ON AJ?S TRAIL
By TONY WHITE
HE'S a strapping lad, standing 191cm and tipping the scales around 95kg.
His growing passion is rugby union, the game they play in heaven.
And rugby officials are recognising his burgeoning talent and potential.
Seventeen-year-old Year 12 Grafton High School student Codie Hearfield is earmarked to follow in the footsteps of another Graftonian, Australian Under-21 representative and NSW Waratah development squad member, AJ Whalley.
Coincidentally, Hearfield lives in the same street as the Whalley family.
"We recently moved. I'm just four doors away (from the Whalleys)," Hearfield said.
"I catch up with AJ when he comes home. I reckon he's done really well."
Hearfield has just been selected in the NSW Country junior rugby union elite group to tour New Zealand early next month.
During the 12-day tour, the team will play four games in New Zealand's South Island against feeder teams for Super 12 outfits Canterbury Crusaders and Otago Highlanders.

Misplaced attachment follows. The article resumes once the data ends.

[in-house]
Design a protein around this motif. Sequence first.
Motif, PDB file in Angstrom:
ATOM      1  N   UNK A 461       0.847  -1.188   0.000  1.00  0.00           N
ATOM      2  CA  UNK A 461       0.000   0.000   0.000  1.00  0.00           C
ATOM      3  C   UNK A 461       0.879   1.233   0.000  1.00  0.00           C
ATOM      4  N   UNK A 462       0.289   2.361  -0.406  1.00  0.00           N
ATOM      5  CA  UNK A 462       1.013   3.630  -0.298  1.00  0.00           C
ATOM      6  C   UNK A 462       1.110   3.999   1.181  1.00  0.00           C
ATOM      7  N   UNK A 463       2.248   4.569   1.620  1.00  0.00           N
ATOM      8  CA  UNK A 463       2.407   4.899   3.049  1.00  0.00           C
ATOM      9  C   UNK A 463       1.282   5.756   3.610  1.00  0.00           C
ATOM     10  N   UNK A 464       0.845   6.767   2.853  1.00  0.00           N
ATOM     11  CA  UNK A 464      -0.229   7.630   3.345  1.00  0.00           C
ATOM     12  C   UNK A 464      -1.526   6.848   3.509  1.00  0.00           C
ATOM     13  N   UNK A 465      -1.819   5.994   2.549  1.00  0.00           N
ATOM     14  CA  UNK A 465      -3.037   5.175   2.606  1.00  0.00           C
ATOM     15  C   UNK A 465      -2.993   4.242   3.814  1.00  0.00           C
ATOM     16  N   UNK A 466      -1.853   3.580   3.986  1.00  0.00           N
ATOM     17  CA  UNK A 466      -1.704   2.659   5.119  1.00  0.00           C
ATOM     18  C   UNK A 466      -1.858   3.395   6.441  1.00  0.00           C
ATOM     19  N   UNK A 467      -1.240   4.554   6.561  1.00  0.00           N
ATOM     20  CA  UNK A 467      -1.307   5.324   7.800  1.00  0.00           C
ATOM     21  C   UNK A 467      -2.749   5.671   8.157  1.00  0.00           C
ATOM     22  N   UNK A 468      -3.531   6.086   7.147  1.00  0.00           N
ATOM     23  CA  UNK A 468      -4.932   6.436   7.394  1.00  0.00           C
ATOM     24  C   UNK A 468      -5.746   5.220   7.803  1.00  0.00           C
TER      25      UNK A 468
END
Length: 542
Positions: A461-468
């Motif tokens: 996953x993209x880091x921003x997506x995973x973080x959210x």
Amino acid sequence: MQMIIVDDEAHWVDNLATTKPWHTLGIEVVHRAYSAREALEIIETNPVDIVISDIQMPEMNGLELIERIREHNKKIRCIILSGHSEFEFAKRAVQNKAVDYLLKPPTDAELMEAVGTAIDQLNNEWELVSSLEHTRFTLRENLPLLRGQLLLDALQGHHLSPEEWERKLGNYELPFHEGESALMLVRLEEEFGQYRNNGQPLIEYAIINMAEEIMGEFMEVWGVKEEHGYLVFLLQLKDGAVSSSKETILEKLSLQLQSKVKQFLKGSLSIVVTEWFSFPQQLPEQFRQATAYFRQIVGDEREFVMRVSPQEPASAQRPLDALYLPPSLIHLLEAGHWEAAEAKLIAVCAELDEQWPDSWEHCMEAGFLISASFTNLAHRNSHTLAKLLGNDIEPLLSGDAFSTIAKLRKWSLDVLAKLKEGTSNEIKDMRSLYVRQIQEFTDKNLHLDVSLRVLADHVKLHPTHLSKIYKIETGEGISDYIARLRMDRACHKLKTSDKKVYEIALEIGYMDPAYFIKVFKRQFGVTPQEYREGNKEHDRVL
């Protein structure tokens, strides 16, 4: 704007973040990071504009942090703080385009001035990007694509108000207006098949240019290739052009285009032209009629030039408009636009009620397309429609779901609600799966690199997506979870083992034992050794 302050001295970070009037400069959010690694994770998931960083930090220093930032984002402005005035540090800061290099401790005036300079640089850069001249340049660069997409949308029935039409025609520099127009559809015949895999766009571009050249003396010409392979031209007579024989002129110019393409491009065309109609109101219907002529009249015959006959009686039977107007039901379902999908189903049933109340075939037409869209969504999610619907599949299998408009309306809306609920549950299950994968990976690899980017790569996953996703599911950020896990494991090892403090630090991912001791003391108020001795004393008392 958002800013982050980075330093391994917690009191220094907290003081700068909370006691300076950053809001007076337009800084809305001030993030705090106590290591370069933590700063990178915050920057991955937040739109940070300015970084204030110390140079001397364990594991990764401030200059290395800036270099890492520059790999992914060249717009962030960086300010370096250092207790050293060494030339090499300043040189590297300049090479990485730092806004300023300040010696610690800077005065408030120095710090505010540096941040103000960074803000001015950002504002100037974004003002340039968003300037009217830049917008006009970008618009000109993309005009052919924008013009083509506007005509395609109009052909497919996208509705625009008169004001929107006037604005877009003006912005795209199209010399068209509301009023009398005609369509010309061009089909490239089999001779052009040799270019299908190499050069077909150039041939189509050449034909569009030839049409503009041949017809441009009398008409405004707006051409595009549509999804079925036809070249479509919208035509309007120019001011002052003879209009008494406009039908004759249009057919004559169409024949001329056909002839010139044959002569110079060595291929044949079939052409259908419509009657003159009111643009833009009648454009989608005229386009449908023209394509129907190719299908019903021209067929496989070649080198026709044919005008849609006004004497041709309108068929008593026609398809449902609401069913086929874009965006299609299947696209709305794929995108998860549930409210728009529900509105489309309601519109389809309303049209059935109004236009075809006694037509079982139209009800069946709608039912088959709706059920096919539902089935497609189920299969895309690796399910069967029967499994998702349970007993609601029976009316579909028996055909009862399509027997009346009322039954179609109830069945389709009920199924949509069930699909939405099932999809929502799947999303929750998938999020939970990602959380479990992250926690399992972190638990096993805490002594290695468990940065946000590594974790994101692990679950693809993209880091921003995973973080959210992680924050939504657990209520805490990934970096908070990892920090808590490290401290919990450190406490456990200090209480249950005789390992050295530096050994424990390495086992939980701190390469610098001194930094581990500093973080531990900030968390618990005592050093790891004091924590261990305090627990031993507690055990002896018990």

The tour provides not only an opportunity to travel but also to impress rugby hierarchy.
With the Super 12 expanding to 14 teams, more emphasis is being placed on junior identification.
"I'm really looking forward to New Zealand," Hearfield said.
"It should be great. I'm the only bloke from here (Grafton) but I know a lot of the other players.
"It's a great opportunity and playing against some of the Maori sides should be a big challenge.
"We also get time to do a bit of sightseeing and I know we're booked to go on the jet boats. I'm really looking forward to that."
Like Whalley in his junior days, Hearfield is a lock and back-rower.
Whalley has subsequently moved to prop to enhance his prospects of a Wallaby selection.
Hearfield plays the game with purpose and precision and is recognised for his prowess in attack and defence.